Latest from Tunnels and Tunnelling


30 September, 2015 QATAR - The Qatar Public Works Authority has awarded two contracts for the design and construction of sewage tunnels to Bouygues Travaux Publics (a subsidiary of Bouygues Construction), in partnership with a local contractor, UrbaCon Trading & Contracting. The two contracts are worth approximately EUR 550M (USD 617.5M).
  • Breakthrough at Lal Quila
    INDIA – The TBM boring from Kashmere Gate to Lal Quila in Delhi has completed its journey. Part of Delhi Metro Phase III, contract CC-07 forms part of the extension of the Central Secretariat corridor to Kashmere Gate.
  • Tunnelling VPs appointed at WSP PB
    CALIFORNIA – WSP Parsons Brinckerhoff has named Steve Klein and Steve Dubnewych vice presidents of the firm’s tunnelling practice in California, it was announced September 22.
  • Two more TBMs deploy on Eglinton Crosstown
    CANADA – The Aecon-ACS Dragados Canada Inc. JV will launch the next two TBMs on the Eglinton Crosstown LRT project on September 29, the Ministry of Transportation announced on September 24.


Emergency egress with reduced mobility
25 August, 2015 Peter Bishop, technical director for tunnels engineering at Mouchel raises the issue of providing for the needs of those with reduced mobility during a road tunnel evacuation
  • Bond street takes on the crowds
    A GBP 320M (USD 490M) upgrade of Bond Street London Underground station will add much needed capacity prior to Crossrail’s arrival in 2018. Sally Spencer reports
  • Greek resurrection
    Greece’s financial woes have undoubtedly had an impact on the country’s tunnelling activity, but the sector is resilient and has faced trials before. With many stalled projects under way again, and a few losses incurred to work still in the early phases of planning, things are far from perfect, but there is hope. Sally Spencer speaks with local companies and representatives of the Greek Tunnelling Society to get a handle on a tunnelling industry that in recent decades has been marked by extremes
  • Multitasking in Mississauga
    With six job sites near residential areas, building a new sewer requires well-coordinated operations. Keivan Rafie, project engineer on the Southland Technicore Mole JV and Anthony Parente, director, Wastewater - Region of Peel, report on the Hanlan Feedermain North and Mississauga City Centre Watermain Tunnels, and the JV's inhouse monitoring for noise and vibration.
  • Harbour rescue
    Despite damage by Superstorm Sandy, crews are smoothly wrapping up a successful tunnel project in New York. The journey to TBM breakthrough this January, however, was anything but smooth. Robbins technical writer Desiree Willis reports.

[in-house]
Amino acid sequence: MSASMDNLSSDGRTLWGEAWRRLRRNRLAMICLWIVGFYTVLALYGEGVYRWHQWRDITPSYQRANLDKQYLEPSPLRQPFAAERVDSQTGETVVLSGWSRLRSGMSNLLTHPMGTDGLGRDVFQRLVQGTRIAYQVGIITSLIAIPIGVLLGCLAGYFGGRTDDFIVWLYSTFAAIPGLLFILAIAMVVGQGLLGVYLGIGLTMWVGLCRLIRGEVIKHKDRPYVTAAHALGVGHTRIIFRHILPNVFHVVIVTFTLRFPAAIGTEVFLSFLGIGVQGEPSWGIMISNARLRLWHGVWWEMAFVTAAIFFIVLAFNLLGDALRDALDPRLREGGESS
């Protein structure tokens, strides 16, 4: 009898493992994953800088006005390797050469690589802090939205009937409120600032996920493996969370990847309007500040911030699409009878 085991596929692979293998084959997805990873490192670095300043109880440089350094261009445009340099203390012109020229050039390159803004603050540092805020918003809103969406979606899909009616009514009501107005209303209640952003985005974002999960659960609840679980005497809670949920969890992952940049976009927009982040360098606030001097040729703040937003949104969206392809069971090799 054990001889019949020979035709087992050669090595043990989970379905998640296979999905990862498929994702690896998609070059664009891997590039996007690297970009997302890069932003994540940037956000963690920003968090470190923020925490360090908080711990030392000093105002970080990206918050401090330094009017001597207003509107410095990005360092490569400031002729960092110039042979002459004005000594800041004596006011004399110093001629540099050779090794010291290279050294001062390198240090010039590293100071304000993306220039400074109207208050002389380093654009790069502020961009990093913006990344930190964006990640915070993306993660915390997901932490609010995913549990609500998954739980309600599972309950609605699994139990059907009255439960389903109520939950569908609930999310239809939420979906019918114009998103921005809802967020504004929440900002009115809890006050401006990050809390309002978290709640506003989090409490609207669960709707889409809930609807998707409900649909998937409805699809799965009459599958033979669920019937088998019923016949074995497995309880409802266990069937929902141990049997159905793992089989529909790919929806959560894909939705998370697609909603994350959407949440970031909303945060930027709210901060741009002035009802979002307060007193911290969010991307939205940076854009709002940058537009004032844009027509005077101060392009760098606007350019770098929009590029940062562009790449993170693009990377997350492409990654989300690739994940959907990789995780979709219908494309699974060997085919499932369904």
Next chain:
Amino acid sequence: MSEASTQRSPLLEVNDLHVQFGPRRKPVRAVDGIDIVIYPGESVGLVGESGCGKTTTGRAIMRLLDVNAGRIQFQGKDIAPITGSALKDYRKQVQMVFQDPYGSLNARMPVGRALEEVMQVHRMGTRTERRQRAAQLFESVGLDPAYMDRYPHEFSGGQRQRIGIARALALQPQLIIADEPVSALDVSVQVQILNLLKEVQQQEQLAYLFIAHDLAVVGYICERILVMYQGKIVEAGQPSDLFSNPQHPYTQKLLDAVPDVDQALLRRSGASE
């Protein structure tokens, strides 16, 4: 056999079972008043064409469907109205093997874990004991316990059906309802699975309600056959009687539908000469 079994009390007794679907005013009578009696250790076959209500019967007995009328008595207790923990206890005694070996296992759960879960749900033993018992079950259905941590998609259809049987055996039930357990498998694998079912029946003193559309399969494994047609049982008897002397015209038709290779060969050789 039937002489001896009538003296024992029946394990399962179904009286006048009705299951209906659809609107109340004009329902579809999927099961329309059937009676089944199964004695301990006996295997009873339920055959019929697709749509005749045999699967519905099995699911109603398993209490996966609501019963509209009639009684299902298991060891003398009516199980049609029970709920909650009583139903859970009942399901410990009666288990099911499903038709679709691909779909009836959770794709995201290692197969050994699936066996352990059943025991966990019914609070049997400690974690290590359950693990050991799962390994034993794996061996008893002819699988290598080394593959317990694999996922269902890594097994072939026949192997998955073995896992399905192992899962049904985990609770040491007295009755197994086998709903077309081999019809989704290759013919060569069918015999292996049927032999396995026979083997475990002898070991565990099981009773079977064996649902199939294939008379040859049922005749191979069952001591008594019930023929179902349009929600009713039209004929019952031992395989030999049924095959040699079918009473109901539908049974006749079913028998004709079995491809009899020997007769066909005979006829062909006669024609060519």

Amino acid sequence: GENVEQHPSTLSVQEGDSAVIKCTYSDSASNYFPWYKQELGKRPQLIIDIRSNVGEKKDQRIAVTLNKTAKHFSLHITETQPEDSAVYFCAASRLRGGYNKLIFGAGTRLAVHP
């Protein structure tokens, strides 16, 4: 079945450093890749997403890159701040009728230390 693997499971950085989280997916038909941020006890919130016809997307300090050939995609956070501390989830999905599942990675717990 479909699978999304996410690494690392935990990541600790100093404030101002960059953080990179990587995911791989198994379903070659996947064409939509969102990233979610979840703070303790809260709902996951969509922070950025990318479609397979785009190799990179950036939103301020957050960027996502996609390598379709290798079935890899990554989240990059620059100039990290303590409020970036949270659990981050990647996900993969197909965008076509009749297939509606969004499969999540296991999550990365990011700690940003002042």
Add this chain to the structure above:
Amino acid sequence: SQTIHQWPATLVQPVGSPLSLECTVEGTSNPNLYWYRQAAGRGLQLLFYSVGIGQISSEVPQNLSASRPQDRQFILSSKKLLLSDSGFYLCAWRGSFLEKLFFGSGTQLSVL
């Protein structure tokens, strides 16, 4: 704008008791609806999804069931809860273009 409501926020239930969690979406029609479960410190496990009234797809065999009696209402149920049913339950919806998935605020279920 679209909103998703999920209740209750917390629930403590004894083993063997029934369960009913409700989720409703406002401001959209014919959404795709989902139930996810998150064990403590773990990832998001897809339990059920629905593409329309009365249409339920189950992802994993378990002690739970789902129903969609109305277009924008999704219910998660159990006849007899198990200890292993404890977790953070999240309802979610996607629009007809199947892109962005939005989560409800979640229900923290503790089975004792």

Optimism Abounds
13 August, 2015 At the rapid excavation and Tunnelling Conference (RETC) in New Orleans this June, there was a discernable attitude shift of the industry from 2014 to 2015. At the North America Tunneling (NAT) event in Los Angeles—where a news crew local to Seattle roamed the exhibit hall, looking for answers about the stalled TBM on the Alaskan Way viaduct project—the tone of most conversations expressed hesitation, concern and frustration.
  • Holding out for a hero
    As I write this comment the Greek banks have closed. Accounts, and non-internal payments for the majority of account holders have been frozen and queues of people are lining up on the high streets to withdraw no more than EUR 60 (USD 66.88) per day. Some hours from now it is due to repay EUR 1.6bn (USD 1.78bn) to the International Monetary Fund (IMF), but it has just requested a new two-year EUR 29.1bn aid deal from a bailout mechanism that is in place for Eurozone countries.
  • Give a voice to future tech
    In a previous comment I wrote about ITA president Soren Eskesen's progress with bringing tunnelling to the attention of the UN bodies studying ways to mitigate the effects of flooding and other natural disasters caused by climate change. He has had some success in this, but talking about innovations and actually putting them in place are sometimes a world apart.
  • Closing the gender gap
    Last December, the University of Minnesota’s College of Science and Engineering hosted a very well-attended family fair showcasing science, technology, engineering and mathematics (STEM). Children as young as two years old built bridges out of marshmallows and toothpicks, as part of the civil engineering exhibit, and wide range of other activities designed by student across the various departments captivated the attention of of children of all ages.
  • Lofty hopes for world's highest
    FAR ABOVE the destruction and loss of life caused by the Nepal earthquake last month, climbers sheltering at the Everest Base Camp endured days of avalanches. Huddling together under tables, and taking it in turns to dig one another out of smothered tents.


Stuva Conference
01 Dec 2015 - 03 Dec 2015